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Why Is Agricultural Trade within ECOWAS So High?

Abstract It is widely believed that the countries of Africa trade relatively little with the outside world, and among themselves, despite an extensive network of regional trade agreements. We examine this proposition by focusing on agricultural trade. Specifically, we ask whether non-tariff barriers (NTBs) are stunting agricultural trade within the Economic Community of West African States (ECOWAS), a grouping of fifteen countries in West Africa that has removed tariffs on agricultural trade among its members. Our survey of truckers in Tambacounda (Senegal) in August 2009 found evidence of extensive bribery by police and border Officials, effectively representing a barrier to trading. We estimate a unit-elastic structural gravity model of agricultural trade, using data from 135 countries for 2000, 2003 and 2006, and employing Tobit and other types of structural specification. A robust result emerges: agricultural trade among the countries of ECOWAS is higher than one would expect. This does not mean that there are no NTBs within ECOWAS, but it does imply that any such barriers are less harmful to agricultural trade in ECOWAS than in the world as a whole. Similar effects are found for the Common Market for Eastern and Southern Africa (COMESA) and the South African Development Community (SADC). This suggests that African countries are not averse to agricultural trade, and local traders have been effective at exploiting trade opportunities.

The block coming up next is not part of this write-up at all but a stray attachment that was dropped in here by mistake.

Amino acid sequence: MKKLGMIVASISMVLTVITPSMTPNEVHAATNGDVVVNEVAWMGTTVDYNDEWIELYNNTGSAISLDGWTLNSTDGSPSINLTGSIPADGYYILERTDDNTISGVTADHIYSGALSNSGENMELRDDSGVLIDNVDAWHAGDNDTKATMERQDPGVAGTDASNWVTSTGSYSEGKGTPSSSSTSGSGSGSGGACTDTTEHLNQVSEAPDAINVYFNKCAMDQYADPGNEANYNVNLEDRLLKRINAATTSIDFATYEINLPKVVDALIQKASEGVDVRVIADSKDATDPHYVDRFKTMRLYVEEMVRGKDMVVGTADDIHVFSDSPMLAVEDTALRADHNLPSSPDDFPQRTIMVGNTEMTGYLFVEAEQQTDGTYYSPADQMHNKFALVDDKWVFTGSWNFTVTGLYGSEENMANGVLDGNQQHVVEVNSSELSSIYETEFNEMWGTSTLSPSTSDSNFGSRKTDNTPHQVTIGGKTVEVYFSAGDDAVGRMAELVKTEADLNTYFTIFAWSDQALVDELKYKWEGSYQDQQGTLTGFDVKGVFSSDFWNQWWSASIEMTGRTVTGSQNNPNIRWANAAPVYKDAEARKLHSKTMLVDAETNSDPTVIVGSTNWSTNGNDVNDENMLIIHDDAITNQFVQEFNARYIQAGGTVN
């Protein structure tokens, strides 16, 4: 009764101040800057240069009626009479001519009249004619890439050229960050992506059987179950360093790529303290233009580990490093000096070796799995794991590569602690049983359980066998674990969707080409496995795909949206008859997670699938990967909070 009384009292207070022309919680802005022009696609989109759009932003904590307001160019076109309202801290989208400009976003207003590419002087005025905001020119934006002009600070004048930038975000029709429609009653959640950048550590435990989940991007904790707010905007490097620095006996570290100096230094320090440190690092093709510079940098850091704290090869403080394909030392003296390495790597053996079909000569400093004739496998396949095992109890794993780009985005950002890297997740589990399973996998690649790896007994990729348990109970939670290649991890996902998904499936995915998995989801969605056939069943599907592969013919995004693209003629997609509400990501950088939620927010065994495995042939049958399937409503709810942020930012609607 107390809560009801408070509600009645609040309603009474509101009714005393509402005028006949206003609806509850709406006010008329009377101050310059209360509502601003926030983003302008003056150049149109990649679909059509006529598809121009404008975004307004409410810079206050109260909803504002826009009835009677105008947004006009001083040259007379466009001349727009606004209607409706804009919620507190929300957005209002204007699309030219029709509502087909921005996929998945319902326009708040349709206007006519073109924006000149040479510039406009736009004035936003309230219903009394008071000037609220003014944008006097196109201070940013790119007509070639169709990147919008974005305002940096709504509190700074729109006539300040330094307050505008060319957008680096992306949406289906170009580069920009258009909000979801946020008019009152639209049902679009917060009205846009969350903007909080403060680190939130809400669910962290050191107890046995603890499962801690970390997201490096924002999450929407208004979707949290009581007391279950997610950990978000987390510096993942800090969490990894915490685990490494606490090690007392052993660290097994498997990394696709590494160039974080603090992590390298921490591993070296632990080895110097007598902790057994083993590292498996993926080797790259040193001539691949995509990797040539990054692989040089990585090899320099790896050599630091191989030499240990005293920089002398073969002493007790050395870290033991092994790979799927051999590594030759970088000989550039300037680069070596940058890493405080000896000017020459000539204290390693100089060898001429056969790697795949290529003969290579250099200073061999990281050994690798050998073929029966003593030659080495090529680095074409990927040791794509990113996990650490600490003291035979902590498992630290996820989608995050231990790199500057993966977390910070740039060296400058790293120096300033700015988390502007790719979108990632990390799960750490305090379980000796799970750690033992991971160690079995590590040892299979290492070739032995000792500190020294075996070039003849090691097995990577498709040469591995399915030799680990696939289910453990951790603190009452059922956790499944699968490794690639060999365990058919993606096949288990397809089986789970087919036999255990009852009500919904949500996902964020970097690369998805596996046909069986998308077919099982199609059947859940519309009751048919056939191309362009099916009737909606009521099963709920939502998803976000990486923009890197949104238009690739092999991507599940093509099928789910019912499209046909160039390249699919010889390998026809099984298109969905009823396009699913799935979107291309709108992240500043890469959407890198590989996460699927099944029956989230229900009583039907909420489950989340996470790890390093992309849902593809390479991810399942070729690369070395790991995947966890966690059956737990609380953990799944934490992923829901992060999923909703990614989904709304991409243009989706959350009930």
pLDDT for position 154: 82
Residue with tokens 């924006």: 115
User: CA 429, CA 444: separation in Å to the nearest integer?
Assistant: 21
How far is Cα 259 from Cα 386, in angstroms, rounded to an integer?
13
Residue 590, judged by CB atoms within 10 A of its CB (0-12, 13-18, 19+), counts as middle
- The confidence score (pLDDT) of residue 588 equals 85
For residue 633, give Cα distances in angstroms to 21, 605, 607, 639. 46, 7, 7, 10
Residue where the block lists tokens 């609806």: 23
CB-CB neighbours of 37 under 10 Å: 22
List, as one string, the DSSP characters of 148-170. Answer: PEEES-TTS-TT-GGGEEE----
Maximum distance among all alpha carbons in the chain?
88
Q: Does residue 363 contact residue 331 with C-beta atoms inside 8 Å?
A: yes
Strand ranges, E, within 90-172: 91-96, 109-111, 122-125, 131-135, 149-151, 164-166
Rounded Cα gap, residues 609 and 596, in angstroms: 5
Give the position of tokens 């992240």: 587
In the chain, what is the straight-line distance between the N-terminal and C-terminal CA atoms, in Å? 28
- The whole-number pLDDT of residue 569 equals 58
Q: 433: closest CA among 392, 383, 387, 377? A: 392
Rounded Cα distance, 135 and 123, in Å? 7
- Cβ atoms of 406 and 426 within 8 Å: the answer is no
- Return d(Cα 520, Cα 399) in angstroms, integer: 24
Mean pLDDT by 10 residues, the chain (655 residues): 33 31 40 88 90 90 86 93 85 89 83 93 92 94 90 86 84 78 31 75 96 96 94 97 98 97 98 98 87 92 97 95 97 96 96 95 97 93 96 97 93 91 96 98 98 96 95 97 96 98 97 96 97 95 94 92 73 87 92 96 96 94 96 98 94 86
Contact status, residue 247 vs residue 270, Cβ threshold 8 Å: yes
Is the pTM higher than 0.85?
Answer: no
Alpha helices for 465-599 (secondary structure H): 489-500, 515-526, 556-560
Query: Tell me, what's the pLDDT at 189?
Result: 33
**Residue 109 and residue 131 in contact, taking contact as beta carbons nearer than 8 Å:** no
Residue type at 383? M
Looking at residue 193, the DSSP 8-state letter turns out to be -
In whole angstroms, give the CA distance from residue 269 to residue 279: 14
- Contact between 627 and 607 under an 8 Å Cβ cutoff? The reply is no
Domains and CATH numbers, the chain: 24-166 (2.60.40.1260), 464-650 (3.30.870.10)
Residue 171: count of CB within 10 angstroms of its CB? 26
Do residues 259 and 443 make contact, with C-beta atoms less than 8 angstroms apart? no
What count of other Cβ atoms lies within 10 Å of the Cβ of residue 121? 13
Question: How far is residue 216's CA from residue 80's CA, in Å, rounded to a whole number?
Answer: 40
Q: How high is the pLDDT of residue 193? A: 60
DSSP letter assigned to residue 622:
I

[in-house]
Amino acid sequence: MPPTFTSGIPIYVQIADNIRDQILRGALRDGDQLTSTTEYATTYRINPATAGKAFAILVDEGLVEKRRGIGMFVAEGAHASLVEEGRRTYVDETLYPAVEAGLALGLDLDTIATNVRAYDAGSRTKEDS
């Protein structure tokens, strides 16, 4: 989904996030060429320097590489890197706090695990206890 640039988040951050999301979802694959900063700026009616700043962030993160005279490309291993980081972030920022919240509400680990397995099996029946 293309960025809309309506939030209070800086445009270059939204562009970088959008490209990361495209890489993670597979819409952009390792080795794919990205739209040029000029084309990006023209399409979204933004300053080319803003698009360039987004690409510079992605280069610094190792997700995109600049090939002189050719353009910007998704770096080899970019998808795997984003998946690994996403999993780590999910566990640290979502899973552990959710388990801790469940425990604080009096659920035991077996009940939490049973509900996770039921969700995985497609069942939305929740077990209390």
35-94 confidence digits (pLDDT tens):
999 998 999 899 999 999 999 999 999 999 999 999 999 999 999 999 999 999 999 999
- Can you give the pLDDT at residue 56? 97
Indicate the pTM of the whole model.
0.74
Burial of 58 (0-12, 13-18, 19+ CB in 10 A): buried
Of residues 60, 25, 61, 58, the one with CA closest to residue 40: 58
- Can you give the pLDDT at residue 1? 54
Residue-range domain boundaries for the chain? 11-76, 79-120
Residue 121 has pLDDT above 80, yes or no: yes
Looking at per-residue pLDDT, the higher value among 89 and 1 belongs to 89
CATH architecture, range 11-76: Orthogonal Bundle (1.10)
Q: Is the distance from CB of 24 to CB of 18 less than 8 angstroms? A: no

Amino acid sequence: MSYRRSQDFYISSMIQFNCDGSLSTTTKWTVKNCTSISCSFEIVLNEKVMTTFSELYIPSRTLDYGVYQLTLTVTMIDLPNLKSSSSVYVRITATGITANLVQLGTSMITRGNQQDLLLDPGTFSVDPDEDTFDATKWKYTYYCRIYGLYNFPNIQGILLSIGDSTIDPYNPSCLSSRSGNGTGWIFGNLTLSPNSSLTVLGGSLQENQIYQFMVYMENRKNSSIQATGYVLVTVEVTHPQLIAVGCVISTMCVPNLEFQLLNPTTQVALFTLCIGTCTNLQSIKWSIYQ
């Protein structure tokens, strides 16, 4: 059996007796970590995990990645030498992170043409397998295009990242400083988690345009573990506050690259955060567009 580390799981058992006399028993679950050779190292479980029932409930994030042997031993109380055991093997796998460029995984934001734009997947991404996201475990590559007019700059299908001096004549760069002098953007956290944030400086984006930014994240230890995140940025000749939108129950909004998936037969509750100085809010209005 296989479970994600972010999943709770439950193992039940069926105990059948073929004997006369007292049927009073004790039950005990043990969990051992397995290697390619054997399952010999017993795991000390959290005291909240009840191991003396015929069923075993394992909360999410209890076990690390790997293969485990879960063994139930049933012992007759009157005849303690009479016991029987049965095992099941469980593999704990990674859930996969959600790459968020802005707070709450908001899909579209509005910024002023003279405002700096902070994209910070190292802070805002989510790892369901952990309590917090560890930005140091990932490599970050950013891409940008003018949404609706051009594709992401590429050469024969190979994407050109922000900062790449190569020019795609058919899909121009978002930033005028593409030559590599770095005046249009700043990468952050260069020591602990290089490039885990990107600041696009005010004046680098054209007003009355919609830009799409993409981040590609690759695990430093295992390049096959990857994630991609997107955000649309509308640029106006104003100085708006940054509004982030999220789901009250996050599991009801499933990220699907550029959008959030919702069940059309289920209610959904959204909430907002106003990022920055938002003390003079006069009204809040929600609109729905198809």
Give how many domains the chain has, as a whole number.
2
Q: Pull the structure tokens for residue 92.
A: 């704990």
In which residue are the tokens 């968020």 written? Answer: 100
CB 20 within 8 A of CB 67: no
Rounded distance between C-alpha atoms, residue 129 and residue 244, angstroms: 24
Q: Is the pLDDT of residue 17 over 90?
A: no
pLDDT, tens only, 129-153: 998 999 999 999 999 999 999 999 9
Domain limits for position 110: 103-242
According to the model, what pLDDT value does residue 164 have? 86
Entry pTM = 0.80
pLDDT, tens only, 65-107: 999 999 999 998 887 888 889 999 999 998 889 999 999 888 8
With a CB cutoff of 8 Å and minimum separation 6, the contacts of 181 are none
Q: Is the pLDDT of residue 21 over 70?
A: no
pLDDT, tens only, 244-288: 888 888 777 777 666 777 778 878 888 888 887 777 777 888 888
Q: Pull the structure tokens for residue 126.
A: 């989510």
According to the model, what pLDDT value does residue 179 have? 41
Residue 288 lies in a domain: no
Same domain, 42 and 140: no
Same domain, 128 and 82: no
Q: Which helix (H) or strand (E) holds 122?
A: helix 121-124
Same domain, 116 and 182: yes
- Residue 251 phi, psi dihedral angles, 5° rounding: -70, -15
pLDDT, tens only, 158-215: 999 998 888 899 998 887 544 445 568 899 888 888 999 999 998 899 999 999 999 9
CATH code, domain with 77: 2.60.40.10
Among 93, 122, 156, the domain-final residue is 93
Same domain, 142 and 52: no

Auteur(s) : Lassana Cissokho, Jonathan Haughton, Kossi Makpayo and Abdoulaye Seck
Pages : 22–51
Année de publication : 2012
Revue : Journal of African Economies
N° de volume : 22
Type : Article
Mise en ligne par : CISSOKHO Lassana